No resolution in the past 30 years has been shorter in either word or character count.

I'd like to do a quick analysis of the history of NFL resolutions. Jim, would you be willing to post it as a guest contribution (if it meets your standards)?

Sexy Beast said...

I'm gonna post more thoughts when I get a chance, but it definitely seems that the neg is gonna be harder to argue, given that America seems to be strongly opposed to the draft in the aftermath of 'Nam.

The only avenues that I can see working for the negative right now would be contractual or practical/pragmatic. Although I'm not a huge fan of the latter, I can see it working.

Jim Anderson said...

LA Coach, absolutely. Send over an email anytime.

sexy beast, what, Hegel's not good enough for the 21st century US of A?

Matt said...

Neg doesn't need to uphold the opposite of the resolution... they don't need to prove that military conscription is just, just that it isn't unjust. So you could maybe even argue a balance type neg, argue that its circumstantial and we weigh justice via whatever factor be it consequential or deontological and we will never get an answer as in some circumstances it is others it isn't.

Israels national service policy is needed. the U.S in Vietnam, maybe not. Two instances, two different answers.

JUSTICE-IS-CALLING said...

I a lot of ideas on the AFF relate to the US but where is a good place to start with other countries on either side?

pert said...

Actually, I think using Rousseau's "general will" for the NEG would backfire. I think the point could be made that military conscription allows a government to engage in war without a "general will". It could be said that if enough people wanted to go to war enough a draft would not be needed, and thus creating a draft would remove the need for a "general will" to be present to go to war.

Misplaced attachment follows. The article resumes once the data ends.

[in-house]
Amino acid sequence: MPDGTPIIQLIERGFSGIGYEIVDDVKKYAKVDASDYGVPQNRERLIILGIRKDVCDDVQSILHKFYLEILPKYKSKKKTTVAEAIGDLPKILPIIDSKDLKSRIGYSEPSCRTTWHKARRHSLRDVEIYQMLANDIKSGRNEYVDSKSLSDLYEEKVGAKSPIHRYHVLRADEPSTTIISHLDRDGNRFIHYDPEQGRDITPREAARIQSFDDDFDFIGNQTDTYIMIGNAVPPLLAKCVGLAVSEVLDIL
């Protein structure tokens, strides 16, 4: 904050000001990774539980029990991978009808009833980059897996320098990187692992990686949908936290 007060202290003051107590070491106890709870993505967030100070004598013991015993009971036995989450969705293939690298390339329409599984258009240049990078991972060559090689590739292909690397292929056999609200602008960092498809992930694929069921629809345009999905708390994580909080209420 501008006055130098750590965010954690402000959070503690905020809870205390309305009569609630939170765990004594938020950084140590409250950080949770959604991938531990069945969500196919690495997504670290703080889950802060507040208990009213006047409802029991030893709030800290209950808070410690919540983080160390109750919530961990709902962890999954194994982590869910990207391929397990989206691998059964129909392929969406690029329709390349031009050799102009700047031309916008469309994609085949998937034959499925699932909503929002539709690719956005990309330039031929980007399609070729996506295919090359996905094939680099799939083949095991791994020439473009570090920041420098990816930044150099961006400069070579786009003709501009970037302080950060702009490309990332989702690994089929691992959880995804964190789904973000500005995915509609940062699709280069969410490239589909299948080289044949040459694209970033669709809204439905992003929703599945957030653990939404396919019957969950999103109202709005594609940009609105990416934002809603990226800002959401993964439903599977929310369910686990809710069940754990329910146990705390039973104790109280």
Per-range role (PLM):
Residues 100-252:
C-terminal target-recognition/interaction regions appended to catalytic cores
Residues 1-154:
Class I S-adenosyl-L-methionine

Anonymous said...

So......this blog has gone dead??? No one going to nationals that checks this blog?

How about a feminist case? C is unjust because it violates equal rights of women.

JUSTICE-IS-CALLING said...

for femenism I would attack saying that in the definition of conscription it never states it must be males only... females (especially now-a-days) could easily be conscripted to, therefore spreading the conscription equally. Just because in the past females weren't conscripted doesn't mean they shouldn't be.

Meredith said...

I don;t know. Correct me if I'm wrong, but hasn't EVERY historical draft, conscription only included males. If male-only-conscription is unjust, are you saying that every conscription in history has been unjust? That kind of hurts your case.

I'm not a big fan of the feminist card, mostly because it's a slippery slope argument, but still---it would work.

Deivn said...

To argue against military conscription from a feminist perspective is to be taken as seriously as using Stephen Colbert to argue for Conservativism. Countries that have conscripted females include: Israel, Malayasia, Chile, Egypt (in civilian service).